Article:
Little Town on the Prairie by Laura Ingalls Wilder

More than any others, the books in Laura Ingalls Wilder’s Little House series made me want to grow my own food. I wanted to shriek with excitement like Grace and have “large, round colored pumpkins [that] made beautiful chairs and tables.”

I loved all Wilder’s details about preparing the earth, planting and tending the garden, and harvesting. Just by reading, I felt at age 8, I knew what to do to plant a garden and grow my own food to survive! But it was also clear that there were no guarantees—no matter how hard you worked and tended the garden, something could still go wrong. For me, the gamble was part of the excitement.

Growing up, my yard was 109 acres, so there was space for me to dig, plant and grow my own mammoth squash and fat pods of peas. Now my garden is reduced to two 4 x 8 foot raised beds. But there’s comfy bench nearby that’s a perfect place to read while waiting for those tender shoots to emerge.

Hats Off to Dr. Seuss

Busy getting ready for the biggest reading party of the year? Dr. Seuss’s birthday bash draws near! NEA’s Read Across America is being officially celebrated on March 1 as Dr. Seuss’s March 2nd birthday falls on a Saturday.

Bring on the Books

If you need ideas of what to read on the big day, I recently wrote an article for Random House Kids that takes a look at some Seuss titles you probably haven’t spent much time with but should. Other Dr. Seuss titles for classroom and at home fun include:

The Butter Battle Book

After reading about the Yooks’ and Zooks’ feud over which side you should spread your bread, make your own butter! Will you eat it on your toast with the butter side up or the butter side down?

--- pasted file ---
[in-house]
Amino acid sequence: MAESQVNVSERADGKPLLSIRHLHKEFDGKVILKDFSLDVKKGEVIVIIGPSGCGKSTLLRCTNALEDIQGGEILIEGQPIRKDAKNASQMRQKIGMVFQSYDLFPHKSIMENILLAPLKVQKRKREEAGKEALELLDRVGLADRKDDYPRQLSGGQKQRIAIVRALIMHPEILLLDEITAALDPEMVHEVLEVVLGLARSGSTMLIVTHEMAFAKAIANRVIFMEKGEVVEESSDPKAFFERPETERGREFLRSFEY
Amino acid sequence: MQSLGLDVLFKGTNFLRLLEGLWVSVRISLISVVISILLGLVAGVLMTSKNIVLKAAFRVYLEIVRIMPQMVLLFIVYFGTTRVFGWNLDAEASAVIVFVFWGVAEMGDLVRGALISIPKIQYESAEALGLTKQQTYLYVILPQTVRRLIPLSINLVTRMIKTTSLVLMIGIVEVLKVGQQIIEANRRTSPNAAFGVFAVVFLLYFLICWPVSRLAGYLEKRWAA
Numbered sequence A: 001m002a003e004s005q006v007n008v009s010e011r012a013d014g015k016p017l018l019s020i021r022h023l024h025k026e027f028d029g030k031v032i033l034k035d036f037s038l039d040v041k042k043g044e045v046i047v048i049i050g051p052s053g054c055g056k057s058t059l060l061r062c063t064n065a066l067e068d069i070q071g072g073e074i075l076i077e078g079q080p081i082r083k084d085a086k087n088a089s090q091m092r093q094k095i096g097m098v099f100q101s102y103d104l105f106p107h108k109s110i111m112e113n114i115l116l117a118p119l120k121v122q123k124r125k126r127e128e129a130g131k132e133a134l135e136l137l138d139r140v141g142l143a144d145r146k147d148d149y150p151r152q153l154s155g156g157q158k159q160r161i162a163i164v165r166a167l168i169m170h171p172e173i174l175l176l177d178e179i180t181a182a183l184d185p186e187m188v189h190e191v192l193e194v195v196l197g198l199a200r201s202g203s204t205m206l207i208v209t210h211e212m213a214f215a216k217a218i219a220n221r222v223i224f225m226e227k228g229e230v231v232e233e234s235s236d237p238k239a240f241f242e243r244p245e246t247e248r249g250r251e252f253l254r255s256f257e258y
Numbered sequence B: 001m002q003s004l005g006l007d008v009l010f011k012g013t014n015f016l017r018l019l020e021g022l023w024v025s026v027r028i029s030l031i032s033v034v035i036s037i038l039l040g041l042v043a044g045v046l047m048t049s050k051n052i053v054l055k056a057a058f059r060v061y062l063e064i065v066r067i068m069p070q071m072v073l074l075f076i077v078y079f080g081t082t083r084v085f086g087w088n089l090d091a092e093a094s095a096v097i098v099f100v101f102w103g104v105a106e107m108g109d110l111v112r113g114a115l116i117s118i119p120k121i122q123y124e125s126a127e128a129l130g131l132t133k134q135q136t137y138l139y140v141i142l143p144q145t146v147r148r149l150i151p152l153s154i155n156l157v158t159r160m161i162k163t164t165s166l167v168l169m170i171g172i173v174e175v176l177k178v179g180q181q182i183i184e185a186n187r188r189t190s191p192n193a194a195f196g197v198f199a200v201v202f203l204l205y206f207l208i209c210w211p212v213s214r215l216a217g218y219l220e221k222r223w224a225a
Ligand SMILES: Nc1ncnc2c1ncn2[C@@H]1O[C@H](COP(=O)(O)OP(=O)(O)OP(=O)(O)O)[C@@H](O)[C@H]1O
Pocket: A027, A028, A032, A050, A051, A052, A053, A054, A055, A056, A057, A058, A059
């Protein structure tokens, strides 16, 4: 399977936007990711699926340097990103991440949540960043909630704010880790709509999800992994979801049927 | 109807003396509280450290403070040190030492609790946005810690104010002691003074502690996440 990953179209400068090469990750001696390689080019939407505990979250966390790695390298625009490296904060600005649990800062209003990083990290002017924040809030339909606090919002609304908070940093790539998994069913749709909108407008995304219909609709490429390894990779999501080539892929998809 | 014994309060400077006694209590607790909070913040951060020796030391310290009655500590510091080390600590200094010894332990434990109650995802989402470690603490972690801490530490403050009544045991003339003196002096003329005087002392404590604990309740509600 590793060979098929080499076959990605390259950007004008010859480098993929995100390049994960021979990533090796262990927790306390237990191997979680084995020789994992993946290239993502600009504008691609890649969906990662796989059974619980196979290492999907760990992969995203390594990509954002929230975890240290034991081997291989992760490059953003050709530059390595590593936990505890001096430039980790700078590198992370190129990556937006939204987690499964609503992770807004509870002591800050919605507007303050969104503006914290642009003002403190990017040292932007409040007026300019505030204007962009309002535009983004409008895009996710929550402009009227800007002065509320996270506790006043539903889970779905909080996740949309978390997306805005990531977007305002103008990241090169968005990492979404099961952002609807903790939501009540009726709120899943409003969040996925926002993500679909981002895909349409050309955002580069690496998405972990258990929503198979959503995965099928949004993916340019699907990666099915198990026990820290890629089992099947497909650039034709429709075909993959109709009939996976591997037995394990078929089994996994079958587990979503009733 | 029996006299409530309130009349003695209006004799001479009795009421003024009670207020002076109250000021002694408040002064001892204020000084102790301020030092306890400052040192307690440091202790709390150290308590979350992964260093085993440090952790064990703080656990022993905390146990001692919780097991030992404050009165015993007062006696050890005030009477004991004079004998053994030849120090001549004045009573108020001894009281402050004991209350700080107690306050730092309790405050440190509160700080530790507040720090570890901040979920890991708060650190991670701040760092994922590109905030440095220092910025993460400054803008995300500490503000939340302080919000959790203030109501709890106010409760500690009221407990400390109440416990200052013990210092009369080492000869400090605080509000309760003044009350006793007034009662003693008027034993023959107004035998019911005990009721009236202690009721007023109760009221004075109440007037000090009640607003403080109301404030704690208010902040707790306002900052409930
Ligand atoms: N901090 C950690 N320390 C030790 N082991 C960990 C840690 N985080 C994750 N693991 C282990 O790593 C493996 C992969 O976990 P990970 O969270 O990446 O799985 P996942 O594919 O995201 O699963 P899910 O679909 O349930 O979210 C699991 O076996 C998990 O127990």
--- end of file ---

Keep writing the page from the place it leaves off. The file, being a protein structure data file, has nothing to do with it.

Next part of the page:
I Am Not Going To Get Up Today!

This Beginner Book, written but not illustrated by Dr. Seuss, is the perfect title to launch your own Family Bed-In for Books to rest, relax, and read together on March 2. Breakfast in bed with some Green Eggs and Ham or Scrambled Eggs Super! then enjoy the morning (or day!) under the covers with good books.

And to Think that I Saw It on Mulberry Street

Dr. Seuss’s first book is a great catalyst for getting out and about in your neighborhood. Read it and then go out and see what’s happening on your street.

From There to Here, From Here to There, Seusspiration Is Everywhere

The Internet delivers an abundance of ideas, activities and other resources for celebrating:

  • The NEA has 10 Pinterest boards dedicated to Read Across America. There are many, many others. Also check out obSEUSSed or search Seuss for pins and boards.

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Pick Up a Book and Share What You’ve Got

No one loves a good reading party more than I do. I relish all the Seussational and Seusstastic activities folks have created to help motivate young readers. But the true heart of Read Across America is having every child in every community in the company of a good book and caring adult on Dr. Seuss’s birthday.

Let reading take center stage at your Read Across America celebration! Share the love!